Fantasy: Why the Porzingis trade helps Celtics, Wizards and Grizzlies

Fantasy: Why the Porzingis trade helps Celtics, Wizards and Grizzlies

NBA action in late June is fantastic!

For the second time this week we have a blockbuster trade in the NBA ahead of the highly anticipated 2023 NBA draft Thursday night. The Boston Celtics acquired another impact player for their championship-contending roster in Kristaps Porzingis while also adding some capital for next two drafts. The Washington Wizards received tangible value for Porzingis, who could have opted out of his contract and became a free agent if he wasn’t traded. The Grizzlies snuck in at the 11th hour to help facilitate the deal and came away with a backcourt starter in Marcus Smart that fits their “Grit ‘n’ Grind” system. Let’s take a look at the fantasy implications of this three-team deal and how each player might perform next season.

The addition of Porzingis changes the dynamic of the Celtics’ offense. He is a 7-foot-3 scorer who can create his own shot and also work off-ball on assists from teammates. Boston has largely relied on Jayson Tatum and Jaylen Brown to create looks for themselves with perimeter shooters around them to help if the defense collapses. With Porzingis in the fold, opposing defenses will have to consistently account for another player, which should make Tatum’s and Brown’s lives easier.

While Porzingis should get higher-quality looks in Boston, he might see the lowest volume of his career. Porzingis was the second option to Luka Doncic on the Dallas Mavericks and was a co-lead option on the Wizards alongside Bradley Beal and Kyle Kuzma. During his two full seasons in Dallas, a high percentage of Porzingis’ shots were assisted (71.9% of his 2-pointers and 97.1% of his 3-pointers), whereas last season in Washington those numbers dropped to 62.2% and 94.9%. Interestingly, Porzingis’ field goal percentage on 2-pointers (51.5% in Dallas to 55.9% last season) and 3-pointers (34.5% in Dallas to 38.5% last season) both increased with the Wizards. This implies that Porzingis might prefer setting up his own shots to being fed by a creator like Doncic. He should have more assist opportunities as part of the Celtics’ motion offense and produce numbers similar to the ones he had with the Wizards (2.7 APG).

Porzingis should get more opportunities to create his own shot against imbalanced defenses. I project his stat line in Boston to be a mix of his past two stops, with scoring volume similar to his time with Doncic in Dallas (around 20 PPG), and shooting percentages and assist opportunities similar to his seasons with the Wizards (around 50% FG%, 38% 3P% and around 3.0 APG). Defensively, Porzingis should remain one of the better shot blockers in the league (1.5-2.0 BPG) and has the chance to build on his career-best mark of 0.9 SPG.

Meanwhile, the Wizards received two potential starters in Tyus Jones and Danilo Gallinari (on expiring deals) as they continue to rebuild their franchise. Washington also acquired Chris Paul in the Beal trade but while there are major question marks as to whether Paul will ever play for the Wizards, Jones and Gallinari have the potential to start for Washington next season. This plays well into the Wizards’ plans and both are also starting-caliber veterans that can thrive on a team without a lot of high-end talent.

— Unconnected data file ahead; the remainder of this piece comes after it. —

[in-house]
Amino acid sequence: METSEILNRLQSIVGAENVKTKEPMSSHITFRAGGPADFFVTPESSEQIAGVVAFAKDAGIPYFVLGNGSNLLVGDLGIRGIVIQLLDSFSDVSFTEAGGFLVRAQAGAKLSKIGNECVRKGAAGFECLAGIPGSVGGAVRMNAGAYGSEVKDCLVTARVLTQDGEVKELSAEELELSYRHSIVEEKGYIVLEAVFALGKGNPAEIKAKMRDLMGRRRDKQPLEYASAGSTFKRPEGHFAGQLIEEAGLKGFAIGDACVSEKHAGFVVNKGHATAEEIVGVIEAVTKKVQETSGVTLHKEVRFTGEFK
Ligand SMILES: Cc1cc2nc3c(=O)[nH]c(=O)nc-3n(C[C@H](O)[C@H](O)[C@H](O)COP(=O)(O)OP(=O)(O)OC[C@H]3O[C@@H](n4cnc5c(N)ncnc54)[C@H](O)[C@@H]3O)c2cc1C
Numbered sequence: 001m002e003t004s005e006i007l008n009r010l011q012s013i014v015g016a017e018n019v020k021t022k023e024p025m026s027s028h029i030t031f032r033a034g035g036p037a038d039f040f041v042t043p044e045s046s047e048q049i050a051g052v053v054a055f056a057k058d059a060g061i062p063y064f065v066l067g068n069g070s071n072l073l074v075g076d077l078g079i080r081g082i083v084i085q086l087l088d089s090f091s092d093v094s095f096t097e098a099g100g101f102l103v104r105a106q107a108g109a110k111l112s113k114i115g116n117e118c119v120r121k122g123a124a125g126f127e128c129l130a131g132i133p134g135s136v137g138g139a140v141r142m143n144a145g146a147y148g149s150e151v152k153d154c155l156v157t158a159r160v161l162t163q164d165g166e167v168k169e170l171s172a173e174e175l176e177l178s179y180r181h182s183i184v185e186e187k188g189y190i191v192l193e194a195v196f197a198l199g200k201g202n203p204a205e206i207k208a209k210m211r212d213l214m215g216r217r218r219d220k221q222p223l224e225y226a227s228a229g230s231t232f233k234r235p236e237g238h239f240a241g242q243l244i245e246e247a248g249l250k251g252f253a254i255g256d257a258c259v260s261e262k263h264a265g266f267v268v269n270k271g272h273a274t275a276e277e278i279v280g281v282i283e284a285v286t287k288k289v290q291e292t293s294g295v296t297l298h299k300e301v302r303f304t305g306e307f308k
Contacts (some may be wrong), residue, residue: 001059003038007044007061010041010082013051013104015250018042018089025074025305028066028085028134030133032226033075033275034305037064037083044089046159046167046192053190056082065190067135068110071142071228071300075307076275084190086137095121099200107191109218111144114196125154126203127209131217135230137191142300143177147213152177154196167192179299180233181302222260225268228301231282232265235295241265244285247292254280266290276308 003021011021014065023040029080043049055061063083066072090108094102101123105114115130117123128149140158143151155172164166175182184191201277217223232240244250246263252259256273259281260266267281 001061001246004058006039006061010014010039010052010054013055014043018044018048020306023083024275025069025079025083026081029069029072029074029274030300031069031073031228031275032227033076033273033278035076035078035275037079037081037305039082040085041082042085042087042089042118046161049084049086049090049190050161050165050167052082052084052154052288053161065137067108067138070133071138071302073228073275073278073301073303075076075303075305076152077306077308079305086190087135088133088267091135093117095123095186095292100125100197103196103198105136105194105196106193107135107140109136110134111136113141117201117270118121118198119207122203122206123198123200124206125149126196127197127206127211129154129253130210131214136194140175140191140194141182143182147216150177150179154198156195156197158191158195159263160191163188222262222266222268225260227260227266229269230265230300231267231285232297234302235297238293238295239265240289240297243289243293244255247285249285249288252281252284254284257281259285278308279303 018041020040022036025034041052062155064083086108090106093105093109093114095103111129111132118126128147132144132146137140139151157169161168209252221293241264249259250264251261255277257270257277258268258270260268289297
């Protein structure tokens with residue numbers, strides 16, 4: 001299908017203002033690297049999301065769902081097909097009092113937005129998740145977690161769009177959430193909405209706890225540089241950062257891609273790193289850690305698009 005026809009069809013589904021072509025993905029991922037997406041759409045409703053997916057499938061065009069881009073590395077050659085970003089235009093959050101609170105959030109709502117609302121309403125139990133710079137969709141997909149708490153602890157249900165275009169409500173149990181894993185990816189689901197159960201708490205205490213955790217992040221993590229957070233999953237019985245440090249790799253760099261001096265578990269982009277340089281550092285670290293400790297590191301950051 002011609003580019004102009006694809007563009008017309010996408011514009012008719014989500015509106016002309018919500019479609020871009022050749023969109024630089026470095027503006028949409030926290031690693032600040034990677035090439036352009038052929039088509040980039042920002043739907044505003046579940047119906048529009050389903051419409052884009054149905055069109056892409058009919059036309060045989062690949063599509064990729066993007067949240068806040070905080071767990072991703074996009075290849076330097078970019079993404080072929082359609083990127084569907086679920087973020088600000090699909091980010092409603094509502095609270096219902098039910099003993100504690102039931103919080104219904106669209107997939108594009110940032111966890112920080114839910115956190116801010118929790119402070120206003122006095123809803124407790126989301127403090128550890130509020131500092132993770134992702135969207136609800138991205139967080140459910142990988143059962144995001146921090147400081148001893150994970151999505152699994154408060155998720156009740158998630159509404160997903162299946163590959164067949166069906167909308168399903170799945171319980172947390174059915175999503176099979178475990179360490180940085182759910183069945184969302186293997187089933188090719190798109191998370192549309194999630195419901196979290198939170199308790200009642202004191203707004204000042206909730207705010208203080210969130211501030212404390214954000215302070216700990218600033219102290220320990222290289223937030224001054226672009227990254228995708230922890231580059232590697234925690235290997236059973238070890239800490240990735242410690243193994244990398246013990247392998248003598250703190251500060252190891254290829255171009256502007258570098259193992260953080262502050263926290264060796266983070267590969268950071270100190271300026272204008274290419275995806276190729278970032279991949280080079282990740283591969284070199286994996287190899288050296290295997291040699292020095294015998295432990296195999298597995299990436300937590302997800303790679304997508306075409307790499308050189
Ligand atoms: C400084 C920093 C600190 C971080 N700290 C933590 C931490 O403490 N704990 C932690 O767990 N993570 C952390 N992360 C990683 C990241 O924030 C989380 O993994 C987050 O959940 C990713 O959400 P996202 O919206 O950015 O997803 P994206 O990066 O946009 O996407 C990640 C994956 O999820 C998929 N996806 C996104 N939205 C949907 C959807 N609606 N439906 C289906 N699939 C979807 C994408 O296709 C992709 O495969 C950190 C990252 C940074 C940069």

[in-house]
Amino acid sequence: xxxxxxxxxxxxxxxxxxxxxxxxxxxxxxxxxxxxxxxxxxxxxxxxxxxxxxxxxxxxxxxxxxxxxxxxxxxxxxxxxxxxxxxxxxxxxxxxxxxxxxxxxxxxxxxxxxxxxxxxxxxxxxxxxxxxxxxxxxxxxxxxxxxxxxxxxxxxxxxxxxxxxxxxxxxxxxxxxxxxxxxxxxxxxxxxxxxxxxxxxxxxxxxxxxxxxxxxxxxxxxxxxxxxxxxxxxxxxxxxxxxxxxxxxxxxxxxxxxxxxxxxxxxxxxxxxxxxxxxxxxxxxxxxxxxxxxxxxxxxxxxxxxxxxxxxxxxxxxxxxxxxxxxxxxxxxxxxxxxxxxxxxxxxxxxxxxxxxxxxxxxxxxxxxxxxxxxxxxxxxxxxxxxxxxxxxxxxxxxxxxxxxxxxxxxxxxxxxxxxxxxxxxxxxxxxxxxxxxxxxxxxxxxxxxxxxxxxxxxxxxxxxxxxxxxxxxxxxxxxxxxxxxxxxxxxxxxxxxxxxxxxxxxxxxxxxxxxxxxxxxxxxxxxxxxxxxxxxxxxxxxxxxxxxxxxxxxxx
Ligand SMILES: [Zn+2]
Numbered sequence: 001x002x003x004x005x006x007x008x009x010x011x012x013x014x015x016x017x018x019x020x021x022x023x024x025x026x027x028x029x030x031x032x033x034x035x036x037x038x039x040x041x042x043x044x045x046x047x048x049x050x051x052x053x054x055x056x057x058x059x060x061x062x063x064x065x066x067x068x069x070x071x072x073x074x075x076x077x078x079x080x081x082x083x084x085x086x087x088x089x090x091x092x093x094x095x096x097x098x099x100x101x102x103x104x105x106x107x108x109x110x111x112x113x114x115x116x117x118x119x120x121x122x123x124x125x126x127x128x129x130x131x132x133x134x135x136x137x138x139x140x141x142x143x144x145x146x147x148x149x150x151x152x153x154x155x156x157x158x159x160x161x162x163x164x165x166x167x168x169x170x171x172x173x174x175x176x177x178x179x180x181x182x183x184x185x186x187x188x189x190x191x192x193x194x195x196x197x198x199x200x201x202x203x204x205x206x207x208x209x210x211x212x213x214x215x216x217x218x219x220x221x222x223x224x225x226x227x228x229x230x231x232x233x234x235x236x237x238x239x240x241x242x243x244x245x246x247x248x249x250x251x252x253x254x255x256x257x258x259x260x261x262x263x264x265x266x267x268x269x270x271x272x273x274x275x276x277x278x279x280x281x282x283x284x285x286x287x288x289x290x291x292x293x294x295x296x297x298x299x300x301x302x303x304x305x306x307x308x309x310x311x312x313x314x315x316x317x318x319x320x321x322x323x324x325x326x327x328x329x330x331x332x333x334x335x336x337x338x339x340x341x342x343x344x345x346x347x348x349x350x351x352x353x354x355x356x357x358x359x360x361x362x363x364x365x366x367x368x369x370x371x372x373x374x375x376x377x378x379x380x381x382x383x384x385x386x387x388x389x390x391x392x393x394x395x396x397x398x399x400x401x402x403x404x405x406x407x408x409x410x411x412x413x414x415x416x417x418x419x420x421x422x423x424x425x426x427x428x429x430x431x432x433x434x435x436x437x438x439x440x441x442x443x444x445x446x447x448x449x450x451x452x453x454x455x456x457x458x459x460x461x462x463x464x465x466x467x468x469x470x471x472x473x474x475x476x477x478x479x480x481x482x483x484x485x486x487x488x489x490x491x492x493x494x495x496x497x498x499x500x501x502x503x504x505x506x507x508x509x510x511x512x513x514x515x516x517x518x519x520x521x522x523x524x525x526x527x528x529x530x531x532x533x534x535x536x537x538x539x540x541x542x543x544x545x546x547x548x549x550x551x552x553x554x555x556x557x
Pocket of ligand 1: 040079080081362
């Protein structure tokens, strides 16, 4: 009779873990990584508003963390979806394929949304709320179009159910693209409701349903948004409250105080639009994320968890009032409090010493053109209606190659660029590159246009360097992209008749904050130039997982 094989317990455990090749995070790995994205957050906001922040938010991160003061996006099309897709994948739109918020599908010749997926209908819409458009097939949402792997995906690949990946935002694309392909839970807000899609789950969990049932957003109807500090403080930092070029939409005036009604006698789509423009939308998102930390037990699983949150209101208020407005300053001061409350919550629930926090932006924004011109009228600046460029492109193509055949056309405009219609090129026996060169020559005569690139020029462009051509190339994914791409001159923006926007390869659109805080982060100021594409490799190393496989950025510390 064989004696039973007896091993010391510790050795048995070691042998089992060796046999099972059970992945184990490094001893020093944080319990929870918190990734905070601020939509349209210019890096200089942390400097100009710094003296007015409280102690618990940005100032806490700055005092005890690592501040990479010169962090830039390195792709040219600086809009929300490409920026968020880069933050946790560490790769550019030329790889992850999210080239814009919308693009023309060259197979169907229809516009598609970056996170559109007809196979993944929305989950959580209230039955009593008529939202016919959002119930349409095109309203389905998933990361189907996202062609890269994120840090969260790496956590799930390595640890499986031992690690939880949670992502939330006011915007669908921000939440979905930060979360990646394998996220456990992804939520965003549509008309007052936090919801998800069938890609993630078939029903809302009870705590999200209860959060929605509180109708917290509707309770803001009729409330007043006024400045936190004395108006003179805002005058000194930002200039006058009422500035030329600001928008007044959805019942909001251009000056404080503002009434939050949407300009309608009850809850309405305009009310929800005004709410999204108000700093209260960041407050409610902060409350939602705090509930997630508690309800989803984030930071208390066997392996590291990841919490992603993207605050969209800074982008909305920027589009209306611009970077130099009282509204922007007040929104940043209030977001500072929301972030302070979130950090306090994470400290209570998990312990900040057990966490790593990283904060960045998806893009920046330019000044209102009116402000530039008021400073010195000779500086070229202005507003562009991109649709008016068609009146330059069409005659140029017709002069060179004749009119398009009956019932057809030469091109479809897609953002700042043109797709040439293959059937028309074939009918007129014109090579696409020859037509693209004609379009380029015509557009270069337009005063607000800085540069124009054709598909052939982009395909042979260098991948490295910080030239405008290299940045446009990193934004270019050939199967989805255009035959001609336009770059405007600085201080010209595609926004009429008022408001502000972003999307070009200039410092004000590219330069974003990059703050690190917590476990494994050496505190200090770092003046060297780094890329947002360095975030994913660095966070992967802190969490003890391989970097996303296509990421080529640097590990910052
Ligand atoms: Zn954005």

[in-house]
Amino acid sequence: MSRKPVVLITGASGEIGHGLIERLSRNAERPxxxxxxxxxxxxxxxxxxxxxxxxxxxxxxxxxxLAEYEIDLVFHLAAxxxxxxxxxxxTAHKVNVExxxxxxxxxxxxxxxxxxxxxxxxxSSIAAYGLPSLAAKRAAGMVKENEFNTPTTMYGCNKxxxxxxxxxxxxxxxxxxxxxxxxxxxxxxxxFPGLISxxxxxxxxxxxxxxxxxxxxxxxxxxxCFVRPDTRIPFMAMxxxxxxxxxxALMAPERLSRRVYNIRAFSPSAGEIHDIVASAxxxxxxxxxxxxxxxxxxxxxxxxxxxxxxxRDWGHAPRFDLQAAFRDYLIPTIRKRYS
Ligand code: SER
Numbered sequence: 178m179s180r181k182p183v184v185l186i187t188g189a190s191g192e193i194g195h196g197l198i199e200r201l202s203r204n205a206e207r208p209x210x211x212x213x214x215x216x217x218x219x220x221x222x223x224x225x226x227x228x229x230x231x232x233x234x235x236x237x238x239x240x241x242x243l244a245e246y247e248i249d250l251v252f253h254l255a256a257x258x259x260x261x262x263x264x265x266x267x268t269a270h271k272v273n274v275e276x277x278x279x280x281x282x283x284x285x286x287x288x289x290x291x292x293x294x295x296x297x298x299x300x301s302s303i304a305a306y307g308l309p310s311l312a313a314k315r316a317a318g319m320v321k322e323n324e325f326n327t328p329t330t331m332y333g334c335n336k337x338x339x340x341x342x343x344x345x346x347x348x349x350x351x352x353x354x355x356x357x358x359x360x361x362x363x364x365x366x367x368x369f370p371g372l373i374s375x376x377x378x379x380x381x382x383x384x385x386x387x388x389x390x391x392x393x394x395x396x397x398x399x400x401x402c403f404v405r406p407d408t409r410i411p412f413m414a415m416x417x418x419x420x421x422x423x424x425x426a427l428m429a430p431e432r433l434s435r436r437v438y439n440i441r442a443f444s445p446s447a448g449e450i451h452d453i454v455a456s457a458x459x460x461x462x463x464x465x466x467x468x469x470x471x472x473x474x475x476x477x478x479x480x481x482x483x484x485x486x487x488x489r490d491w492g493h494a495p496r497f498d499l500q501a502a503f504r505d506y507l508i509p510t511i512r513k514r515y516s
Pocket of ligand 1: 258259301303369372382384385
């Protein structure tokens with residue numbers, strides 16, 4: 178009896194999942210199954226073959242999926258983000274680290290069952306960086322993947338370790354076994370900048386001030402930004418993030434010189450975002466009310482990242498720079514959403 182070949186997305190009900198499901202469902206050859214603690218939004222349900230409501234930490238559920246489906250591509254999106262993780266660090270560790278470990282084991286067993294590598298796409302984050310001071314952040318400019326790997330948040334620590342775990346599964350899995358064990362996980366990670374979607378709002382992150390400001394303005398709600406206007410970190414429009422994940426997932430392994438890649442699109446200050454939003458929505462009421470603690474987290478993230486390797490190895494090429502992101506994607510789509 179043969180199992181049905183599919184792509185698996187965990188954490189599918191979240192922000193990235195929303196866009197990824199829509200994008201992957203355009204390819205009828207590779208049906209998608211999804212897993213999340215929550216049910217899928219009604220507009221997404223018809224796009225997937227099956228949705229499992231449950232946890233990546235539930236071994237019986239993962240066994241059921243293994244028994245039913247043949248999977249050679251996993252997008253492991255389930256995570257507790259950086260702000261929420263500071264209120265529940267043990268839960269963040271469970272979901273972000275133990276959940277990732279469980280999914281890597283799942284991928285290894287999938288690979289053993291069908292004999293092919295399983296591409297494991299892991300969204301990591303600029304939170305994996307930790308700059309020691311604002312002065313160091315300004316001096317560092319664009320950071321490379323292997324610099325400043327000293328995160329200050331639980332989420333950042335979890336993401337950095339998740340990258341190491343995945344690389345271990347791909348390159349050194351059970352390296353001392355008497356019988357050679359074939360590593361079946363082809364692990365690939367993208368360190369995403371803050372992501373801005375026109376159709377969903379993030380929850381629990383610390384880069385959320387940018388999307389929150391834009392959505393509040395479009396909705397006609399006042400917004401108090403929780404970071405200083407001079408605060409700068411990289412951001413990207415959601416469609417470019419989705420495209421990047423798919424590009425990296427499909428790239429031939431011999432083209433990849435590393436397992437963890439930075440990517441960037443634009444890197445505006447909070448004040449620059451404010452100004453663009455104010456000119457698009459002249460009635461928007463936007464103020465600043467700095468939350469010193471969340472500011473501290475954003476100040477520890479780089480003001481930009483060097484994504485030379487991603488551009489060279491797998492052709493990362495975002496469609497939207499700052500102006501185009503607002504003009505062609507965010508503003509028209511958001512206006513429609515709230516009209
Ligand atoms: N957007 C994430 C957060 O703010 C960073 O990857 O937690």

Jones has played behind Ja Morant for the past several seasons, but his splits as a starter during Morant’s absences show he is ready to become an every-game point guard for Washington. Jones averaged 16.4 PPG (50.5 FG%, 77.8 FT%), 8.1 APG, 4.0 RPG, 2.0 3PG, 1.9 SPG playing 33.2 MPG in 22 starts last season. Those numbers would be a reasonable expectation for him if he starts for the Wizards this season.

Gallinari is coming off an ACL tear which cost him the entirety of last season, but his game is established at this point of his career. His production will increase with minutes, but his per-36 minute numbers since 2015-16 have generally been in a range of +/- 3 points from his averages of 20.3 PP36, 6.2 RP36, 2.5 3P36, 2.5 AP36 on 43.7 FG%, 39.5 3P% and 89.7 FT%. Gallinari is a shooter-scorer combo forward who has some similarities to Porzingis, Kuzma and Deni Avdija. Avdija the is most likely to stay with Washington but it isn’t clear how the Wizards’ rotation will shake out. If Gallinari receives the same playing time as he did over the past four seasons (27.5 MPG), his per-36 numbers would translate to 15.5 PPG, 4.7 RPG and 1.9 3PG. However, injuries will continue to be a factor as Gallinari has missed major portions of seasons throughout his 16 years in the league.

The Grizzlies acquired a 3-and-D wing that can also play at guard in Smart. He is a tough, gritty defender that can knock down the 3-pointer and a playoff-tested veteran for a young team that will be without Morant for the first 25 games of the season. The Grizzlies chose to move on from Dillon Brooks after last season and Smart is an upgrade on both offense and defense. Smart has developed into a better 3-point shooter and has shown that over the course of his career. He has averaged 15.5 PPG, 5.5 APG, 4.3 RPG, 1.2 SPG and 2.3 3PG (on 35.8 3P%) in 35.3 MPG over his past three postseasons (46 games). Smart could see a higher usage rate in Memphis, particularly with Morant out, so his postseason numbers are a baseline projection with his scoring and assist volume likely to increase well.

Expect this trade to have major fantasy basketball implications for all of the players and teams involved come October, which is a rarity this early into the NBA offseason.

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